Often served as a starter in Provence, tomates farcies is a traditional dish of tomatoes filled with rice and herbs, covered in breadcrumbs and baked in the oven. “In Provence, the cuisine often centres around vegetables, unlike in the centre of France where foods are much heavier,” explains Muskus. “Farcies can also be made with onions, baby artichokes and specially grown round courgettes and aubergines.” At stalls in Forville Market, you can choose your vegetable first and they will make a farcies for you, or head to a traditional French restaurant such as La Brouette de Grand Mère, complete with a cosy fireplace, lace curtains and a quaint terrace.
Originally from along the coast in Nice, the revered salade niçoise is found in many restaurants along the Côte d’Azur, although recipes can differ. “In the culinary world, if it does not contain the original ingredients, you’re not allowed to call it a salade niçoise, though,” insists Muskus. “It must have green beans, hard boiled egg, olives, capers, potatoes and canned – not fresh – tuna.” All French restaurants in Cannes will feature it on the menu, but Muskus likes Le Cirque, a chic bistro on the pedestrianised Rue Hoche. “Be sure to eat on their sunny terrace.”
Dating back to the 18th century, ratatouille was a dish made by the farmers of Provence from locally grown vegetables including courgettes, aubergines and red peppers. “It’s a very healthy dish that’s easy to make, and the ingredients are widely available,” says Muskus. “It can be served on its own as a main dish or as an accompaniment, but you’ll find it in local restaurants rather than fine-dining places.” Try Aux Bon Enfants, close to the Forville Market, established in 1935 by the grandmother of the current owner. “It’s very cosy and popular, and they often have live music with someone playing the guitar or violin when it’s busy.”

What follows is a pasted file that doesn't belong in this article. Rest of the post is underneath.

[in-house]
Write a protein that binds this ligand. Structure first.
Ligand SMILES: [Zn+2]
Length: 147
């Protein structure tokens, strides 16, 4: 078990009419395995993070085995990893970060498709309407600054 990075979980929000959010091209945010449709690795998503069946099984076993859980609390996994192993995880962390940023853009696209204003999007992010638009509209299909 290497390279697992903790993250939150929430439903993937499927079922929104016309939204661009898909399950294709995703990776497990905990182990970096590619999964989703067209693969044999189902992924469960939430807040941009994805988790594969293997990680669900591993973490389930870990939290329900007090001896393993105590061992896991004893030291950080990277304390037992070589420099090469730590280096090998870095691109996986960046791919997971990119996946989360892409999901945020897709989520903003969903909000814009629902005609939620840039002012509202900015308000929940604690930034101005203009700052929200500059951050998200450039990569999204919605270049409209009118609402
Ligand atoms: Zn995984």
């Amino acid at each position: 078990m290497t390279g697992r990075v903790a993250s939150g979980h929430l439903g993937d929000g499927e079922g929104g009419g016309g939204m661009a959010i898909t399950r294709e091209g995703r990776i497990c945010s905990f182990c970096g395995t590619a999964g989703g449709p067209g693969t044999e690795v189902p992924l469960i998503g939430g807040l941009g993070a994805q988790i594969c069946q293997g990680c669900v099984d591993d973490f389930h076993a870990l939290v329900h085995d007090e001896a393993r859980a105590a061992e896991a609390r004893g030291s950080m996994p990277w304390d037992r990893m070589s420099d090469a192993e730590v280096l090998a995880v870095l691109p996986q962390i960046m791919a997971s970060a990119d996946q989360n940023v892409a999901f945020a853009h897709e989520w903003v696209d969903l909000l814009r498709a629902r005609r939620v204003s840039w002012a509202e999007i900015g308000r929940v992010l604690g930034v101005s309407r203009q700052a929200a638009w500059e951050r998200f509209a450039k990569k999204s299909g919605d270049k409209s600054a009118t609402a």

“You have to taste this in Cannes!” Muskus insists. “Tarte au citron is very popular, as, firstly, the French have a sweet tooth – in moderation – and secondly, outstanding lemons come from Menton, a little further along the coast.” Featuring a smooth, intensely flavoured lemon custard on a thin, sweet pastry, the tarte au citron is a dessert menu staple across Cannes. “For a very good one, go to the Lenôtre bakery on Rue d’Antibes. It’s expensive but definitely worth it, and you can sit outside on their little terrace to eat. They also sell very good bread and an excellent champagne cake which you need to order in advance.”
Crêpes are a thin pancake made from flour, egg and milk that are said to have originated in Brittany when a woman spilled some thin porridge on a hot flat stove and realised how good her mistake tasted. “It’s now a classic French street food,” says Muskus. “It’s very easy to stop and grab one, folded in a triangle in wax paper, and they’re cheap and easy to make. We tend to eat them with chocolate sauce in Cannes. Nutella is often used but that’s actually Italian.” Many stalls along the seafront boulevard La Croisette sell them but if you want extra toppings, head to La Crêperie, a cosy Cannes institution near the harbour. “I would never eat them in a restaurant, though,” Muskus says. “I’d always eat them on the street.”